• The decisions you make in the next few seconds are a matter of life or death
Remember the U.S.S. Cole? I doubt that sailors in Middle Eastern waters have forgotten how a boat approached the Cole and blew up: leaving the Cole missing some of her hull, together with over a dozen of her crew.

In circumstances like that, with the prospect of becoming part of a shredded hull and crew, opening fire on an unknown craft which has demonstrated an unwillingness to communicate might not be the dumbest move possible.

As far as claims that the crew were drunk, or otherwise incompetent, I found that unlikely. When I heard that the shots were fired by an American military security team, that assessment went up to "wildly unlikely."

I've known Marines and other people in the American armed forces. For the most part, they've been far from harmless: but utterly reliable.

This incident has to be investigated, and I'm sure that it will be.

I'm also pretty sure that, unless the entire Global Patriot crew is tortured, beheaded, burned, and their families hunted down and killed, there will be cries that "justice" wasn't served.

Back to top

Who Was Killed? Why Wasn't He Named?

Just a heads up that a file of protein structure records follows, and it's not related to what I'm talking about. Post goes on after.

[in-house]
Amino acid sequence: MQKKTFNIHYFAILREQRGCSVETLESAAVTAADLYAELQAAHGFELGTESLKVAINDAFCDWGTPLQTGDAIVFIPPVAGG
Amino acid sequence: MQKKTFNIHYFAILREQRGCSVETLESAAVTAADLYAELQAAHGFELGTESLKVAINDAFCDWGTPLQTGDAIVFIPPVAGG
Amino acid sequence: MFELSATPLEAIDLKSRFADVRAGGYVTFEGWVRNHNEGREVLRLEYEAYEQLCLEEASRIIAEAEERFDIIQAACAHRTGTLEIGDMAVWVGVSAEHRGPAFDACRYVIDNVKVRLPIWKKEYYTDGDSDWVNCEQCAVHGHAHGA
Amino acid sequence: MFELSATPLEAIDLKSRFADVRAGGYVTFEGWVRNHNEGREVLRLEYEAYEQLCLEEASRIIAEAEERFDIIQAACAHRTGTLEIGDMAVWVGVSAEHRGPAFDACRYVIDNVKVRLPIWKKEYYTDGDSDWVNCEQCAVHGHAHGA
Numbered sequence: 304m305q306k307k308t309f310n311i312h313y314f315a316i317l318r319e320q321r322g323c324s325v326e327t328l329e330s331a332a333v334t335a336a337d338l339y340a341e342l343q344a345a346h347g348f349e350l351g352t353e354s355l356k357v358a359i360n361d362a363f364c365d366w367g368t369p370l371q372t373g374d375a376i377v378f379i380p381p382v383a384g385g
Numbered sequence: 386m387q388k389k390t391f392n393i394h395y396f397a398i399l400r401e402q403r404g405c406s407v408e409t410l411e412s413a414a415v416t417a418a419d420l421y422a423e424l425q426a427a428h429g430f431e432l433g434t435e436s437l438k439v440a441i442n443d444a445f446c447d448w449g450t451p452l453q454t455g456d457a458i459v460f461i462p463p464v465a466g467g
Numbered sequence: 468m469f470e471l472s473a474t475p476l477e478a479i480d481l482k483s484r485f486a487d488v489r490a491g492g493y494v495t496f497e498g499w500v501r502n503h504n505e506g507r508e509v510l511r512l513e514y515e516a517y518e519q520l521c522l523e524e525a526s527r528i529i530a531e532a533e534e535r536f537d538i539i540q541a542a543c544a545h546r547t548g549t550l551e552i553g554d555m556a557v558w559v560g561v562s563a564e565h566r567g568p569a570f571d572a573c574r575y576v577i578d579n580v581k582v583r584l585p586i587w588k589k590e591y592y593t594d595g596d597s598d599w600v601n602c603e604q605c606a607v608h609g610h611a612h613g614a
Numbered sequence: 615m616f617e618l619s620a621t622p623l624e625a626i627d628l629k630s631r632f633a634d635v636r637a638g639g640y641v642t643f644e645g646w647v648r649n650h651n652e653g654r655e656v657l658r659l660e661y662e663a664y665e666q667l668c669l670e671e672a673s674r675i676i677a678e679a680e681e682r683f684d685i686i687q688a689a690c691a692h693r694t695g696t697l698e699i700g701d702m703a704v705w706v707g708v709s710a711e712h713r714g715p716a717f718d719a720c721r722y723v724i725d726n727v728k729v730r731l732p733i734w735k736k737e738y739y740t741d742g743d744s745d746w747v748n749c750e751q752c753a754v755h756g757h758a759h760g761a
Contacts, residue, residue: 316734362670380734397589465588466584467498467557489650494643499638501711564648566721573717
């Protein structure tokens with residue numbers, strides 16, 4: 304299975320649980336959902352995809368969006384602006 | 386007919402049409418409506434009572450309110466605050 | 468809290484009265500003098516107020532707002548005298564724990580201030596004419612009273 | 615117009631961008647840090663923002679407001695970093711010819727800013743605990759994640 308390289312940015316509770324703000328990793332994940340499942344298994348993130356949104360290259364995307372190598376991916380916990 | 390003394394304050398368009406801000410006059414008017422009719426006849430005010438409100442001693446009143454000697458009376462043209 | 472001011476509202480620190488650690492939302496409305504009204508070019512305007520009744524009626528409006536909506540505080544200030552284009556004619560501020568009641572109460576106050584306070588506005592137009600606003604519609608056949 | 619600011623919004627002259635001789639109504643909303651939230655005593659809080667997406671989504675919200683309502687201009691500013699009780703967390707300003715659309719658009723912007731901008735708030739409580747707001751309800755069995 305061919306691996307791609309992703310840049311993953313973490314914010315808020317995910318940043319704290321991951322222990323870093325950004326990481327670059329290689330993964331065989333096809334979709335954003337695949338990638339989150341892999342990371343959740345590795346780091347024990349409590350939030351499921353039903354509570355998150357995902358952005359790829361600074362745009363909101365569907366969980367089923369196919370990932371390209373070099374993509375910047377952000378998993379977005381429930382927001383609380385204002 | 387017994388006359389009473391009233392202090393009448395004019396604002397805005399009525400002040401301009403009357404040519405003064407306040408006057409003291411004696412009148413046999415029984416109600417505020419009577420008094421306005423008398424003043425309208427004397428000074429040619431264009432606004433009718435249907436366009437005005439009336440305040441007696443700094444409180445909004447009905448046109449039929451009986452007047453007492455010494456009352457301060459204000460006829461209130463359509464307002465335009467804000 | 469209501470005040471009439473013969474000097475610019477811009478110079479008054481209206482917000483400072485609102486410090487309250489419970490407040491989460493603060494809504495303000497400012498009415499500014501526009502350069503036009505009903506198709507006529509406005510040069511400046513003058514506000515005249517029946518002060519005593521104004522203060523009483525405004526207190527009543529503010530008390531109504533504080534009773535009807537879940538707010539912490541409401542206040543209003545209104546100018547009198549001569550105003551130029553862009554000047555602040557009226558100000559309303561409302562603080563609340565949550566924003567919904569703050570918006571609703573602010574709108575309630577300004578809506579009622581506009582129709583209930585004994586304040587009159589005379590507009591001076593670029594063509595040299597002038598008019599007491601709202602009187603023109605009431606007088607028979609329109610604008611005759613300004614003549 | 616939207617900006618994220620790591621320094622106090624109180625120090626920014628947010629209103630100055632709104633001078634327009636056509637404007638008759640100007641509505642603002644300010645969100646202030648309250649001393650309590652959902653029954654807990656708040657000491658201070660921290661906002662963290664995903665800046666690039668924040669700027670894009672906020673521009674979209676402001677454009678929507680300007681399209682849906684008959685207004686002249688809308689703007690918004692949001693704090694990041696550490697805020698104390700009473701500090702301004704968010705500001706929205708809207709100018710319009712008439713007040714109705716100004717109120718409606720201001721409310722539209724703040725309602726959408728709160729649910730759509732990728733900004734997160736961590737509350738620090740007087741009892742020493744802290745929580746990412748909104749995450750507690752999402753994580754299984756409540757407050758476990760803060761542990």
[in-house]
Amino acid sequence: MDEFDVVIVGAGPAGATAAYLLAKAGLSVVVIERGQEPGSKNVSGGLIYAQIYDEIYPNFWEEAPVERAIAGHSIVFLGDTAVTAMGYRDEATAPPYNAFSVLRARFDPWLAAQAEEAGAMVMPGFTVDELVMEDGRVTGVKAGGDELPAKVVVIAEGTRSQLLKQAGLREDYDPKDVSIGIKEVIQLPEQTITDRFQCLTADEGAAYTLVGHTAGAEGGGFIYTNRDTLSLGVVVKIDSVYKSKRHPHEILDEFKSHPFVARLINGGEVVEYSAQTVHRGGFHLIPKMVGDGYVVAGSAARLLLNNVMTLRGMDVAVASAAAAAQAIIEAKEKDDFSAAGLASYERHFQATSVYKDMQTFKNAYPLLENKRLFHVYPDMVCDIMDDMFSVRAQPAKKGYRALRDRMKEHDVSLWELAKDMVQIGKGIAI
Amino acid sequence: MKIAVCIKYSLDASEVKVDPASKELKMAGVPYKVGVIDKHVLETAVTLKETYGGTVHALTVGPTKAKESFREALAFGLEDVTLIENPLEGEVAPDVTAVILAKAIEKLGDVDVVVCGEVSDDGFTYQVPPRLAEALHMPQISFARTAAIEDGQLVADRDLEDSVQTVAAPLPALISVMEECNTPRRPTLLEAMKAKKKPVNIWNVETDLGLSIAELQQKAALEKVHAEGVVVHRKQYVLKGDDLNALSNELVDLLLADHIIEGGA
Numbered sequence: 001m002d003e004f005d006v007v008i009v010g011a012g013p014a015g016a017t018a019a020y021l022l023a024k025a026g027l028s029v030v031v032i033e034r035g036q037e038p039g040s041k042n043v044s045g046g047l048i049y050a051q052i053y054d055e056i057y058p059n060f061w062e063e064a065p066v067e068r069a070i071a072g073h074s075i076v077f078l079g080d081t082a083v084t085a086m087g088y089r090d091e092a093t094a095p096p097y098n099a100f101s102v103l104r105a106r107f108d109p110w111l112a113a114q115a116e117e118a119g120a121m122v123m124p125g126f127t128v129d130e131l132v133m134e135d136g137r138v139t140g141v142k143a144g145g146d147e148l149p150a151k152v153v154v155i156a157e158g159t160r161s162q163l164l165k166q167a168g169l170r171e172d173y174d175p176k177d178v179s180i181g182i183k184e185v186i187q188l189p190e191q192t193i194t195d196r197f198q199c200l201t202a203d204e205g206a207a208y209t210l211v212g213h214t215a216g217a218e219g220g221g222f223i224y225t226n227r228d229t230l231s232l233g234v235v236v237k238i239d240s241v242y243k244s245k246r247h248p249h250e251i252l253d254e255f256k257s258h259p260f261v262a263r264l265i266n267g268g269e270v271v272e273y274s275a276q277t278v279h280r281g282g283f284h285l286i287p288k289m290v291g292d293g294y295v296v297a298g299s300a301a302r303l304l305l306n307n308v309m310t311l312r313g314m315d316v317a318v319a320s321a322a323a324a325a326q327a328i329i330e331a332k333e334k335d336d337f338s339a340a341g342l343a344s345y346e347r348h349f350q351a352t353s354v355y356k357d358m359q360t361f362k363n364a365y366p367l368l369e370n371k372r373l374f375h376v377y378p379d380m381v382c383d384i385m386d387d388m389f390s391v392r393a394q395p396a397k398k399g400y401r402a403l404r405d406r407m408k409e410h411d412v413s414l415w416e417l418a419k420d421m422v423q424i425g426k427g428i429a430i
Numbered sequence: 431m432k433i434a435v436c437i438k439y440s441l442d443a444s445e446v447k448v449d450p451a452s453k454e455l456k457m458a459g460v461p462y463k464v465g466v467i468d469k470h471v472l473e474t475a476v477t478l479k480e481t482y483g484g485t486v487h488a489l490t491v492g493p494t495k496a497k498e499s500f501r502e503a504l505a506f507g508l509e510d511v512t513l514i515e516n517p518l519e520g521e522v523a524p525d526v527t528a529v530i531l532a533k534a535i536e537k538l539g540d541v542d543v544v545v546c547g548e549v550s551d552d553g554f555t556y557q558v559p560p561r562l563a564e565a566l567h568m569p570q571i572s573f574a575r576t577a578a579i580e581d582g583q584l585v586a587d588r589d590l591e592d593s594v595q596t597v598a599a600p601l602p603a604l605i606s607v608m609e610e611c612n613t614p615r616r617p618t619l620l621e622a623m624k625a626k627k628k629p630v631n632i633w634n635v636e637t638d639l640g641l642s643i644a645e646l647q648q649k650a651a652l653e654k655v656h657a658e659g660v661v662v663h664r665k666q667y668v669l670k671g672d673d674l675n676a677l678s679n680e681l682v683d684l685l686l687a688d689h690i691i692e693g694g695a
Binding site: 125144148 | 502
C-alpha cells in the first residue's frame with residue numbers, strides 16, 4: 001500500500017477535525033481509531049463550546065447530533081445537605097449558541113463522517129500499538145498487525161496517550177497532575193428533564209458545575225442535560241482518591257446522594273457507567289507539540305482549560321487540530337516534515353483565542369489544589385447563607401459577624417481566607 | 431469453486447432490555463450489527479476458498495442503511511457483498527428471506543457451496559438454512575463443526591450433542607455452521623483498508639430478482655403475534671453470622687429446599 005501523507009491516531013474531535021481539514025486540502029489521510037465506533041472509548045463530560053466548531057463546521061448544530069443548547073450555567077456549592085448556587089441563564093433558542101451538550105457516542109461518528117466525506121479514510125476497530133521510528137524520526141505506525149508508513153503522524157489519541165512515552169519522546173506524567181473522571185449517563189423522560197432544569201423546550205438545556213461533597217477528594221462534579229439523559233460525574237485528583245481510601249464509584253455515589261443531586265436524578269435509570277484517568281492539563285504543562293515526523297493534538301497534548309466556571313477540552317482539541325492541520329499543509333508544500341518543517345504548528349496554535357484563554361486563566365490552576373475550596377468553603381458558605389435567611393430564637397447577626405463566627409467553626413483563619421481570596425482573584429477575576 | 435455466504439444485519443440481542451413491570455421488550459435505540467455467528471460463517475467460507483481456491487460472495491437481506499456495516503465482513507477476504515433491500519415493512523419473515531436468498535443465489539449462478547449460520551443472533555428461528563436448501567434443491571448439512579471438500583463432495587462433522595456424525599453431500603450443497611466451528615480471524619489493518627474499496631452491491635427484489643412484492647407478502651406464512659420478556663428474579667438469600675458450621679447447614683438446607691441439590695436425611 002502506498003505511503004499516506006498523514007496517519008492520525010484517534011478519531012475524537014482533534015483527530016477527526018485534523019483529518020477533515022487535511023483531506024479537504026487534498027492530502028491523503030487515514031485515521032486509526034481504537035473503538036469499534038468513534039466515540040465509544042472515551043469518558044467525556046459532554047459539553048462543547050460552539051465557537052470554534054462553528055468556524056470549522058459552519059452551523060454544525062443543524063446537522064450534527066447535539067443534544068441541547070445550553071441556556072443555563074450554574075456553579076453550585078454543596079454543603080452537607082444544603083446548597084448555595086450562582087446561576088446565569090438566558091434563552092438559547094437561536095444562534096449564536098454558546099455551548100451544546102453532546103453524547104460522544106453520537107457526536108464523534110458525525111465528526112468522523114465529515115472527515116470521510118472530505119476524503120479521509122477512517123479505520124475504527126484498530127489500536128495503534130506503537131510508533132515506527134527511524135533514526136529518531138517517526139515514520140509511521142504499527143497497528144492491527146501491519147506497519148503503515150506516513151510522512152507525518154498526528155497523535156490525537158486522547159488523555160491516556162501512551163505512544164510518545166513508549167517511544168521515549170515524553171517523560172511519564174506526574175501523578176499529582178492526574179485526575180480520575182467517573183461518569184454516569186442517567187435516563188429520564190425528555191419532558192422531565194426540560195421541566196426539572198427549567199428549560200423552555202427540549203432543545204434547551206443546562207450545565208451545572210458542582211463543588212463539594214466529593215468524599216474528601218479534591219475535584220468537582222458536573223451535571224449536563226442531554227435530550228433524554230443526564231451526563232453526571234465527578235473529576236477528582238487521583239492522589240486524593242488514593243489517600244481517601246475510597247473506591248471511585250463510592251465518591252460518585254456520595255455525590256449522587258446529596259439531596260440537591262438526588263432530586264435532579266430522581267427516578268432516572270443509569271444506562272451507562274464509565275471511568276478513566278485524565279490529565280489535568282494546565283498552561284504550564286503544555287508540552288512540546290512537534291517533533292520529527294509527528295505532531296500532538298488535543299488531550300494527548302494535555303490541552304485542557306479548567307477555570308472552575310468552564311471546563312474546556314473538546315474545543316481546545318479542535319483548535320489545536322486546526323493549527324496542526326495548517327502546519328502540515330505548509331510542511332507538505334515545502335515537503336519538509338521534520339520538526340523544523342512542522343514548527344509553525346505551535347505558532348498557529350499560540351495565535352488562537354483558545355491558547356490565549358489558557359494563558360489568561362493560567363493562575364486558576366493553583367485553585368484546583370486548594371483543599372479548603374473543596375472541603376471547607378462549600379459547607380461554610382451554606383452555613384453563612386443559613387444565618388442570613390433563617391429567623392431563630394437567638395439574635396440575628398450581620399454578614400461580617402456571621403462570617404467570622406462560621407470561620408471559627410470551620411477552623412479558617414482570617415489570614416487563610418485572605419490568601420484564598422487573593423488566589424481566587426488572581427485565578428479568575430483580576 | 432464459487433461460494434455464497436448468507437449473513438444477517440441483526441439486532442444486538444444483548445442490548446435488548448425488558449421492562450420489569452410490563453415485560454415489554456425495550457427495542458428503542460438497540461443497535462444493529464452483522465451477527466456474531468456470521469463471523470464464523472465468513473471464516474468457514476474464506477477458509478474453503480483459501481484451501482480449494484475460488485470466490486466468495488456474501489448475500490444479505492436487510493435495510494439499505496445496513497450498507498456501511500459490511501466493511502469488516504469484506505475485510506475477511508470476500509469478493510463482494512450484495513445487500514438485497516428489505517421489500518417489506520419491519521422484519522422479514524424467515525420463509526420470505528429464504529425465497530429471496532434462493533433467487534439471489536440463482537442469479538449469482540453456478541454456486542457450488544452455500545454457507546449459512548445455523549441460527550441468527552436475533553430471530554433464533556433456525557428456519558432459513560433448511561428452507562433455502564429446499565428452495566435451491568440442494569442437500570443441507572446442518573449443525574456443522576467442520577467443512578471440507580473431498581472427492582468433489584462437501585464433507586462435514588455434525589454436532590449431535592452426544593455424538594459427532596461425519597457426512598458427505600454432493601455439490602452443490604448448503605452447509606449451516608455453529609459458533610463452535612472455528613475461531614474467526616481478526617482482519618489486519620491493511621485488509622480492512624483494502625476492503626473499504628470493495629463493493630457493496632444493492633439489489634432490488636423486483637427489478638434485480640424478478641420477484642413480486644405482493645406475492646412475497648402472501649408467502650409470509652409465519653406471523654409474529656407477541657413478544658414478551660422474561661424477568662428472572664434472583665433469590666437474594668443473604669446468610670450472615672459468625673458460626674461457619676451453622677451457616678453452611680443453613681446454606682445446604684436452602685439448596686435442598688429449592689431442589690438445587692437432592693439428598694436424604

The International Herald Tribune, the only news service to get the identity of Global Patriot right yesterday, was also the only one to name the victim. Today, The head of the Suez seaman's union, Abbas al-Amrikani, says that Mohammed Fouad, a 27-year-old father of three, was killed. "The bullet entered his heart and went out the other side," he apparently said, adding detail to his account. As I said yesterday, the thoughts and prayers of my family are with them.

The three news outlets claiming that Global Patriot was a warship didn't give Mohammed Fouad's name. They may not have known his name. Or, they may have believed that by identifying him simply as an Egyptian, a man trying to sell cigarettes to foreigners, he'd be perceived not simply as a man, but as a metaphor for all Egyptians.